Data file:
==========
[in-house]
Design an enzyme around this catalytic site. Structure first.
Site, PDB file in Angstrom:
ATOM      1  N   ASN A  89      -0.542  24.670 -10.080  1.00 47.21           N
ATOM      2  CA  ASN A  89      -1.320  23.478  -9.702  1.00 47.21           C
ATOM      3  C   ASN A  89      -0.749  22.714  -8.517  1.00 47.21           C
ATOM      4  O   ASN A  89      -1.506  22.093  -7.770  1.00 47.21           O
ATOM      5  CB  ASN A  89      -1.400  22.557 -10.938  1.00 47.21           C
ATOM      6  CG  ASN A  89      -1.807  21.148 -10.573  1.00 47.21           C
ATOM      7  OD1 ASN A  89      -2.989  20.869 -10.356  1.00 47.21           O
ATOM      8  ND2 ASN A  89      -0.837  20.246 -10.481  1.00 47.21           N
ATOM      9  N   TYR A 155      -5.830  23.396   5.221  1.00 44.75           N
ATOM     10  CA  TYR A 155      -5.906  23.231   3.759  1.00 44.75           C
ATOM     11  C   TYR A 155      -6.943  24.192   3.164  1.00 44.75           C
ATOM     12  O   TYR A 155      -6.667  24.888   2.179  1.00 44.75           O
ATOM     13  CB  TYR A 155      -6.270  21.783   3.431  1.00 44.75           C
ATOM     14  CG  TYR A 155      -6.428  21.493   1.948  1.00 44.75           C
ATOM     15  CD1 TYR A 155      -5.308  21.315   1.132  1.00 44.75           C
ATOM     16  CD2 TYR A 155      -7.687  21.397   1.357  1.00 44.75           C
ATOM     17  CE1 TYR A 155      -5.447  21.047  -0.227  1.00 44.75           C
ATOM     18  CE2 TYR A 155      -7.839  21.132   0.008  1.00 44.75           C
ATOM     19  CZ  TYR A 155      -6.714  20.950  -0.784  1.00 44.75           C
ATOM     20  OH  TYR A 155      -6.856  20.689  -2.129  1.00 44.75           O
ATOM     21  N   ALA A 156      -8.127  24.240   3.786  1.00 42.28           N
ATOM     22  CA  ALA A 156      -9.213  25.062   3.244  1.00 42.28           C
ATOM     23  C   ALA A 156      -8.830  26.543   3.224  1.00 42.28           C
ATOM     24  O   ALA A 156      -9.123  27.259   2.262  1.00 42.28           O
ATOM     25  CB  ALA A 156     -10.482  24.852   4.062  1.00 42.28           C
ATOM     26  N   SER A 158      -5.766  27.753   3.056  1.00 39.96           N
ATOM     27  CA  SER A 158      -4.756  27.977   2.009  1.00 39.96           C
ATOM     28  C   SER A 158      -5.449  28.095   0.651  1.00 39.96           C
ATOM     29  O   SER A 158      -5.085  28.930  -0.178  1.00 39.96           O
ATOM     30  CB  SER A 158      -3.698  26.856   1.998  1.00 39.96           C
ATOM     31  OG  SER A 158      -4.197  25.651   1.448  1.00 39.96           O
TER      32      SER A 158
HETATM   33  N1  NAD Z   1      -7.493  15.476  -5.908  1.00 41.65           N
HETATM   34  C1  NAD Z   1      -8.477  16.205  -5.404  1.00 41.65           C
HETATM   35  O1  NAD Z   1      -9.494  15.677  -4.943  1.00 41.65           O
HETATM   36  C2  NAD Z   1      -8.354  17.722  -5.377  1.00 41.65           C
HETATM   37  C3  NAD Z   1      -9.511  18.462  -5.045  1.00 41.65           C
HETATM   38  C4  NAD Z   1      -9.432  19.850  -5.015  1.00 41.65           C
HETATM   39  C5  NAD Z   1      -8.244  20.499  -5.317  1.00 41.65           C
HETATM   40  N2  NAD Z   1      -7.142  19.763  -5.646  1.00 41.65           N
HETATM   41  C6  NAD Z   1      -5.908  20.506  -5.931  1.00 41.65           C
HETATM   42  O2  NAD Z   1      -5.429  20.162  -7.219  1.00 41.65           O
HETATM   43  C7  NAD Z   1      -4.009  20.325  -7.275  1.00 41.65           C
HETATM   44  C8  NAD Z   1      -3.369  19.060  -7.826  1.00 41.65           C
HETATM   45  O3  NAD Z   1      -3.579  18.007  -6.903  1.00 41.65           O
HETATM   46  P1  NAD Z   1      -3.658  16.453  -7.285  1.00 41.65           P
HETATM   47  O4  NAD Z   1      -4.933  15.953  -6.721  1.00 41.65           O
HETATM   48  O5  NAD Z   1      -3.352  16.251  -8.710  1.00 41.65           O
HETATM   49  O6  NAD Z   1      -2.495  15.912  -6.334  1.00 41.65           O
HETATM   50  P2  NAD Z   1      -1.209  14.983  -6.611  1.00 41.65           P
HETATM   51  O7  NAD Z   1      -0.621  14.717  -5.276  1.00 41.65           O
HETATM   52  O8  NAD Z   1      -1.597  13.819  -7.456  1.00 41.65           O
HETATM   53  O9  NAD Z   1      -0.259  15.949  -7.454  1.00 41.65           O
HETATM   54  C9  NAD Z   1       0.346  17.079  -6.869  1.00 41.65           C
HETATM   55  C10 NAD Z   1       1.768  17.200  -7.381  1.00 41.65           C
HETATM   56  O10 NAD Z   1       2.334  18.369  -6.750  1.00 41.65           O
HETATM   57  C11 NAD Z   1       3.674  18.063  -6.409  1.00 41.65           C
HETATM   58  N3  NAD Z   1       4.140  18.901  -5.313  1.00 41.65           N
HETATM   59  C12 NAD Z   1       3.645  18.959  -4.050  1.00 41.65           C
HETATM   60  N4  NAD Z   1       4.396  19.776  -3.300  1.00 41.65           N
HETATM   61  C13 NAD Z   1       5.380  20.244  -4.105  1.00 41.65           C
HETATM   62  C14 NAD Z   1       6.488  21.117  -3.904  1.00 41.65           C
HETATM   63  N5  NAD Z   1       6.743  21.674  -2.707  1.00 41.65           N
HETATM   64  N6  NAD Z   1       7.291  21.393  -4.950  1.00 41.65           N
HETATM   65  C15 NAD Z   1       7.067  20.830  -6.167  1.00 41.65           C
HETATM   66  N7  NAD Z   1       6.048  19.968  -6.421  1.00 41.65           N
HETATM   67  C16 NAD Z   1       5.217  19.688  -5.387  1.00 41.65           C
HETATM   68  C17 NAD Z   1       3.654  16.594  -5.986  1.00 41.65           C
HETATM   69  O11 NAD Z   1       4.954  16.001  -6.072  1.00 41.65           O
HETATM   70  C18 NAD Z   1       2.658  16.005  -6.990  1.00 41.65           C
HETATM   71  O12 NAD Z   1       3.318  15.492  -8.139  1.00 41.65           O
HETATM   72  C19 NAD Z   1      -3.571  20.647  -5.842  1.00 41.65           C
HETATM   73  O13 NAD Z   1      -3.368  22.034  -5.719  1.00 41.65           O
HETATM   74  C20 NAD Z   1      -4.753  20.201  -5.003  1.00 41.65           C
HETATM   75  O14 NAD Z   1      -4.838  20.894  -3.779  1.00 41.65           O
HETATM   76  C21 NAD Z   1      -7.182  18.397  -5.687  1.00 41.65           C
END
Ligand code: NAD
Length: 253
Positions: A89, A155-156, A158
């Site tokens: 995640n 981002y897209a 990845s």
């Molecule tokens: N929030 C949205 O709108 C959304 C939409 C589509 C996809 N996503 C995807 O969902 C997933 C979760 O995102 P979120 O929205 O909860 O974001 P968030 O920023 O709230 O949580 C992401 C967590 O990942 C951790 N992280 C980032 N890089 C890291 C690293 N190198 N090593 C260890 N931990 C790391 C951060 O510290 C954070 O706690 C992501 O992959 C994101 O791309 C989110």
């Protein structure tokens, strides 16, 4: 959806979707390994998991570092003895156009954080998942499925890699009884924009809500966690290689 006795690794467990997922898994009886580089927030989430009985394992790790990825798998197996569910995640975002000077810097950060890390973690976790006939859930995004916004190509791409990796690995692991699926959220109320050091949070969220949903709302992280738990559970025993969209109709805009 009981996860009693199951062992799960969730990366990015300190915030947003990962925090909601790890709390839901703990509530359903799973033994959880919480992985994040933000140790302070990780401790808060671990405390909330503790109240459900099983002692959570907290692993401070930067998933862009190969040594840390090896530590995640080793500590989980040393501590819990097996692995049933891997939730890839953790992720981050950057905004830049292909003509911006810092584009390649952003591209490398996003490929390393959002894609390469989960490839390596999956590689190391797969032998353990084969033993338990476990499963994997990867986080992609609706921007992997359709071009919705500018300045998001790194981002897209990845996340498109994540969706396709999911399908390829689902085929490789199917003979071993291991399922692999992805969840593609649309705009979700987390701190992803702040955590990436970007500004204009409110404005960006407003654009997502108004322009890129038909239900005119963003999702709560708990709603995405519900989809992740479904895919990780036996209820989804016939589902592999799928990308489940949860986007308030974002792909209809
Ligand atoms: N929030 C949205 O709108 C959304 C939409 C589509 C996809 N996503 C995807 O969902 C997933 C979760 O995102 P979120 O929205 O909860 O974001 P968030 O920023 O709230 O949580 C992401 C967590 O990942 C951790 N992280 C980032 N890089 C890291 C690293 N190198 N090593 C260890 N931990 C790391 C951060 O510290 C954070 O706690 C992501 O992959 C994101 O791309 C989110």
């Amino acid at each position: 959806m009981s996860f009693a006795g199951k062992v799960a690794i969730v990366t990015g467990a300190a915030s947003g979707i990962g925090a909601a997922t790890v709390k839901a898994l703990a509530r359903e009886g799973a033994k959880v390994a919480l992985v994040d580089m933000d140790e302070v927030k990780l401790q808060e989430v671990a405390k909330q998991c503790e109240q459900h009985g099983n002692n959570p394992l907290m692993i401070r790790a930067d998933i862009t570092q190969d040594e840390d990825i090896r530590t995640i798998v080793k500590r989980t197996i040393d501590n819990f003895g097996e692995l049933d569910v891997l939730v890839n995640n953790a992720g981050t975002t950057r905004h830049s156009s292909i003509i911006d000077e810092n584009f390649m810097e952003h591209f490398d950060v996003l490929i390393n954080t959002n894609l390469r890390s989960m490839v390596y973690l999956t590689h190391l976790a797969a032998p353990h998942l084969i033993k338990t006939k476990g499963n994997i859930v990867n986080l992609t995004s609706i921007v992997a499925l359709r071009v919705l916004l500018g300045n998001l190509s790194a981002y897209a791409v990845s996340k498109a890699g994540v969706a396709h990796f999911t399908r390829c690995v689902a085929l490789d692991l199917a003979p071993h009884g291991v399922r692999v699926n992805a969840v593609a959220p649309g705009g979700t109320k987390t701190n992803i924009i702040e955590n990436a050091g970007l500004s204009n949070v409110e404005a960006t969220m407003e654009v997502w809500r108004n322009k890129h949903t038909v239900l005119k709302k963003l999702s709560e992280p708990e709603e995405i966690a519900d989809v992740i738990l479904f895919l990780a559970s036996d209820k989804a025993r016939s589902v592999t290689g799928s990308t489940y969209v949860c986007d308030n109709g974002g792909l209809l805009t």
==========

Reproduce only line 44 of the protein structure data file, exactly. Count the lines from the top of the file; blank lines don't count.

HETATM   41  C6  NAD Z   1      -5.908  20.506  -5.931  1.00 41.65           C